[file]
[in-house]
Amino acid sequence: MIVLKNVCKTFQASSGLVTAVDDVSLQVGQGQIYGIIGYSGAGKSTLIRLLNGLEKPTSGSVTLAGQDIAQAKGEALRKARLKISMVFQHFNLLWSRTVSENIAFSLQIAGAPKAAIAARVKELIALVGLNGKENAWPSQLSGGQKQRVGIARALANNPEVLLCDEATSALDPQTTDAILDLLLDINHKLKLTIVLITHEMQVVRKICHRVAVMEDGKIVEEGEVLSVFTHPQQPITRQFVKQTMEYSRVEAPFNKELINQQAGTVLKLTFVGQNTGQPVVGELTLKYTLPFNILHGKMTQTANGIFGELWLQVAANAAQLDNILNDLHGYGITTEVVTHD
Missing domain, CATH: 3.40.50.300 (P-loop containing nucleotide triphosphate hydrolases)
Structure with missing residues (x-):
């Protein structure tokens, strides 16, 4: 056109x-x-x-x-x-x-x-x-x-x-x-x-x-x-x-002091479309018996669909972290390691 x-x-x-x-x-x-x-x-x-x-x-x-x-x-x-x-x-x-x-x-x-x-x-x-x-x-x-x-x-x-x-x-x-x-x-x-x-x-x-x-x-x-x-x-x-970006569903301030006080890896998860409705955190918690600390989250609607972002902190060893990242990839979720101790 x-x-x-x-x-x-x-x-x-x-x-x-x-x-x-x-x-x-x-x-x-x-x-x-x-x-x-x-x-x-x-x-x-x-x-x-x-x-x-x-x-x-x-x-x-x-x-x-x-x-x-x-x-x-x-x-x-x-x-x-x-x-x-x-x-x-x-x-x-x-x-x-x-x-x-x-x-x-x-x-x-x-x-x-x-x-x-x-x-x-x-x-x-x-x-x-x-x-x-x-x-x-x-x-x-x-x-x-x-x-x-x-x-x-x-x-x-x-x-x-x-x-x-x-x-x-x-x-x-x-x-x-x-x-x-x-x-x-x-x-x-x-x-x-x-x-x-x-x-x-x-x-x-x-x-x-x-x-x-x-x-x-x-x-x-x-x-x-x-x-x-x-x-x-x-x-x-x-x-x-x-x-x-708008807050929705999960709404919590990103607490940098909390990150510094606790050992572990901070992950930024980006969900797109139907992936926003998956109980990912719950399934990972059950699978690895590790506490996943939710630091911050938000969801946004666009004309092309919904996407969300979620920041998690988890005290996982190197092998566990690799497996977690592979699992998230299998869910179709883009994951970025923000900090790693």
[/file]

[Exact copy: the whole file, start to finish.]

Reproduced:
[in-house]
Amino acid sequence: MIVLKNVCKTFQASSGLVTAVDDVSLQVGQGQIYGIIGYSGAGKSTLIRLLNGLEKPTSGSVTLAGQDIAQAKGEALRKARLKISMVFQHFNLLWSRTVSENIAFSLQIAGAPKAAIAARVKELIALVGLNGKENAWPSQLSGGQKQRVGIARALANNPEVLLCDEATSALDPQTTDAILDLLLDINHKLKLTIVLITHEMQVVRKICHRVAVMEDGKIVEEGEVLSVFTHPQQPITRQFVKQTMEYSRVEAPFNKELINQQAGTVLKLTFVGQNTGQPVVGELTLKYTLPFNILHGKMTQTANGIFGELWLQVAANAAQLDNILNDLHGYGITTEVVTHD
Missing domain, CATH: 3.40.50.300 (P-loop containing nucleotide triphosphate hydrolases)
Structure with missing residues (x-):
């Protein structure tokens, strides 16, 4: 056109x-x-x-x-x-x-x-x-x-x-x-x-x-x-x-002091479309018996669909972290390691 x-x-x-x-x-x-x-x-x-x-x-x-x-x-x-x-x-x-x-x-x-x-x-x-x-x-x-x-x-x-x-x-x-x-x-x-x-x-x-x-x-x-x-x-x-970006569903301030006080890896998860409705955190918690600390989250609607972002902190060893990242990839979720101790 x-x-x-x-x-x-x-x-x-x-x-x-x-x-x-x-x-x-x-x-x-x-x-x-x-x-x-x-x-x-x-x-x-x-x-x-x-x-x-x-x-x-x-x-x-x-x-x-x-x-x-x-x-x-x-x-x-x-x-x-x-x-x-x-x-x-x-x-x-x-x-x-x-x-x-x-x-x-x-x-x-x-x-x-x-x-x-x-x-x-x-x-x-x-x-x-x-x-x-x-x-x-x-x-x-x-x-x-x-x-x-x-x-x-x-x-x-x-x-x-x-x-x-x-x-x-x-x-x-x-x-x-x-x-x-x-x-x-x-x-x-x-x-x-x-x-x-x-x-x-x-x-x-x-x-x-x-x-x-x-x-x-x-x-x-x-x-x-x-x-x-x-x-x-x-x-x-x-x-x-x-x-x-708008807050929705999960709404919590990103607490940098909390990150510094606790050992572990901070992950930024980006969900797109139907992936926003998956109980990912719950399934990972059950699978690895590790506490996943939710630091911050938000969801946004666009004309092309919904996407969300979620920041998690988890005290996982190197092998566990690799497996977690592979699992998230299998869910179709883009994951970025923000900090790693």